Why does growth, or any kind of change for that matter, have to be associated with discomfort? The fact of the matter is that the discomfort I’m talking about is often what keeps people from changing because it almost immediately becomes something that we want to avoid. Discomfort = bad, scary, unwanted,.. (all of the above). Yet, true high performers live in this space; quite literally looking for ways to make themselves feel uncomfortable. This is what sets apart the high achiever from the high performer. Their perspective on discomfort, change, and growth makes all the difference.
This is where the saying, “get comfortable with being uncomfortable” comes from. If we want to grow and develop as human beings, entrepreneurs, athletes, etc. we have to accept discomfort and disruption in our lives. We have to be okay with the fact that we are going to feel uncomfortable and uncertain at times. What makes this feeling easier is developing a healthy understanding of what it truly means.
The most basic part of our brains tells us that change–feeling uncomfortable or unsure of ourselves in any situation could have grave consequences. It’s as simple as this to our caveman brain: change = uncertainty = death. Sounds a little dramatic, right? But this is how our brain functions at its most primal level, it’s only job being to keep us safe and alive. But, given that we no longer live as primal beings this is an instinct that we have to challenge. No longer primarily concerned with staying safe and alive, finding food, etc. but focused on becoming better, more efficient, happier, etc.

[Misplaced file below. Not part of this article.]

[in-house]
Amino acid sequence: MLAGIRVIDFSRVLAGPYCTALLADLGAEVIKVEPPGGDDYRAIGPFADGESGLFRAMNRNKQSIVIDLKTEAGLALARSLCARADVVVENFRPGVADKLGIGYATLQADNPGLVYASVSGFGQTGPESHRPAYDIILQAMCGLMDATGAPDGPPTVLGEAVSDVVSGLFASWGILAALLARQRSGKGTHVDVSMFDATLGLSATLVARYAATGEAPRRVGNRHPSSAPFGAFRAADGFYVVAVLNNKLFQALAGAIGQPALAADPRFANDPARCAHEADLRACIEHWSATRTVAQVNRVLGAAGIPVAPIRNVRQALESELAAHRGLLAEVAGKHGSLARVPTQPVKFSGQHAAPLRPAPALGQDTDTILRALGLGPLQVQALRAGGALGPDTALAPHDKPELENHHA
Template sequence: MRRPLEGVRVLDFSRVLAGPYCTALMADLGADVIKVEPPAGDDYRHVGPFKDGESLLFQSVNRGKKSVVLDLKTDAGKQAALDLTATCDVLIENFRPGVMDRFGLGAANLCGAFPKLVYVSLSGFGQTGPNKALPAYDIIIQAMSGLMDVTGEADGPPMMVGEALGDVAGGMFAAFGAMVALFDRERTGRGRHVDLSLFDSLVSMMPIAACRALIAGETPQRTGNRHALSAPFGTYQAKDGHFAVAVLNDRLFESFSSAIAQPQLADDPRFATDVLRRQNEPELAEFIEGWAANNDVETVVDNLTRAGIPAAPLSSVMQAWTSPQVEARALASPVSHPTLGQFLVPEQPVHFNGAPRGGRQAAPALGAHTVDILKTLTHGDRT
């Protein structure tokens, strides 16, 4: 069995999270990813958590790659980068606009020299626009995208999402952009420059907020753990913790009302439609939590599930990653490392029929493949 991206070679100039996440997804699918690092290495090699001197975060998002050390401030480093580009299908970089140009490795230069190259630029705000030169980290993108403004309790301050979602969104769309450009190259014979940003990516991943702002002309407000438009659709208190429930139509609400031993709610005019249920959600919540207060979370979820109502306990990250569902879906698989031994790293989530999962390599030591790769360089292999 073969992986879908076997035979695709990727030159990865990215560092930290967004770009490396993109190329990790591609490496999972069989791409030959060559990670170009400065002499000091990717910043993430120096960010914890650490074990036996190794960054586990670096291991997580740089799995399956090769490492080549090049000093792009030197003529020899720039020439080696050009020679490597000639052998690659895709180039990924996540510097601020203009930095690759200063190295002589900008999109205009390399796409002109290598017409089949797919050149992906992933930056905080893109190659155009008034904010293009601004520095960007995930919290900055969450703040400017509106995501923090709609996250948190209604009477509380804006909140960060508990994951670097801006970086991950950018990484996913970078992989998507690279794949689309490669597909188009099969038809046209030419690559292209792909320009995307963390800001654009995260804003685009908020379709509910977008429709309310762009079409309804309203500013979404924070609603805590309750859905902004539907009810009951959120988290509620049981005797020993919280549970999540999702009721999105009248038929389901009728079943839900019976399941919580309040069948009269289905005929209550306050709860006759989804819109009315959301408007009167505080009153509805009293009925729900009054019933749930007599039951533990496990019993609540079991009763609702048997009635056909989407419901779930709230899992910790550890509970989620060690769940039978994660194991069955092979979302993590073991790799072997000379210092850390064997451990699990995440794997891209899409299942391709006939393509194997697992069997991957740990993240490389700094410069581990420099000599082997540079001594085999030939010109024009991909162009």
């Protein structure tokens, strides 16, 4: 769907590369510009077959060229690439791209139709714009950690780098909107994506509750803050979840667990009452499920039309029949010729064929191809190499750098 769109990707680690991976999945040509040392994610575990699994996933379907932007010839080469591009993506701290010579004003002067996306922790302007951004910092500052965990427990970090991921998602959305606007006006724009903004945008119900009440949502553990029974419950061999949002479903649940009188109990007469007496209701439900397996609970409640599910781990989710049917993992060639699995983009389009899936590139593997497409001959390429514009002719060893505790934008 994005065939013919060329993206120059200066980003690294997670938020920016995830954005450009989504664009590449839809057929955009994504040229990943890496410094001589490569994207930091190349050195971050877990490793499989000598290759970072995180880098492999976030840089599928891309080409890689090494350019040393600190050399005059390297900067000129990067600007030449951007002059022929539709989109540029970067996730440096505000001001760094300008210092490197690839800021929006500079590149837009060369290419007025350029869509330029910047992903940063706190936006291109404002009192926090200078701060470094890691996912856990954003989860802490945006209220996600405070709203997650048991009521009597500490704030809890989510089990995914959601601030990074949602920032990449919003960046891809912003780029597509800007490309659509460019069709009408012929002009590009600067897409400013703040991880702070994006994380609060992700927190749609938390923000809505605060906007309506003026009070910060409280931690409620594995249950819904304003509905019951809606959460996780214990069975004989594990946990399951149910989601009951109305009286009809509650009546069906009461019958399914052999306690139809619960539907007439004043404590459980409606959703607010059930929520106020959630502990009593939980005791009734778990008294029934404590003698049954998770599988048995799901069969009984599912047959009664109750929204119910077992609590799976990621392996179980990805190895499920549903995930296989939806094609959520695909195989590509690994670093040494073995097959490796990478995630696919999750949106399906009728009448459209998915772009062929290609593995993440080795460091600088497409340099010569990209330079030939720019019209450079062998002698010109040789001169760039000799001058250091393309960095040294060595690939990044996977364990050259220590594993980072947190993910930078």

Our needs have changed, so our perspective must do the same. The discomfort associated with change is a sign of growth. Therefore, discomfort is often a positive thing. Of course, there are times that we have to acknowledge if our level of discomfort is too high. For example, if we try to grow in an area of our lives but we do not have the necessary skills or confidence to do so, the risk vs reward ratio falls. In this case, the signal is not to quit and resign ourselves but to invest some time and energy in building those necessary skills.
The beginning of the New Year is a great time to think about what changes we want to make, where we want to grow and develop. Don’t let the idea of potential discomfort keep you from going after that growth.
– Coach Lauren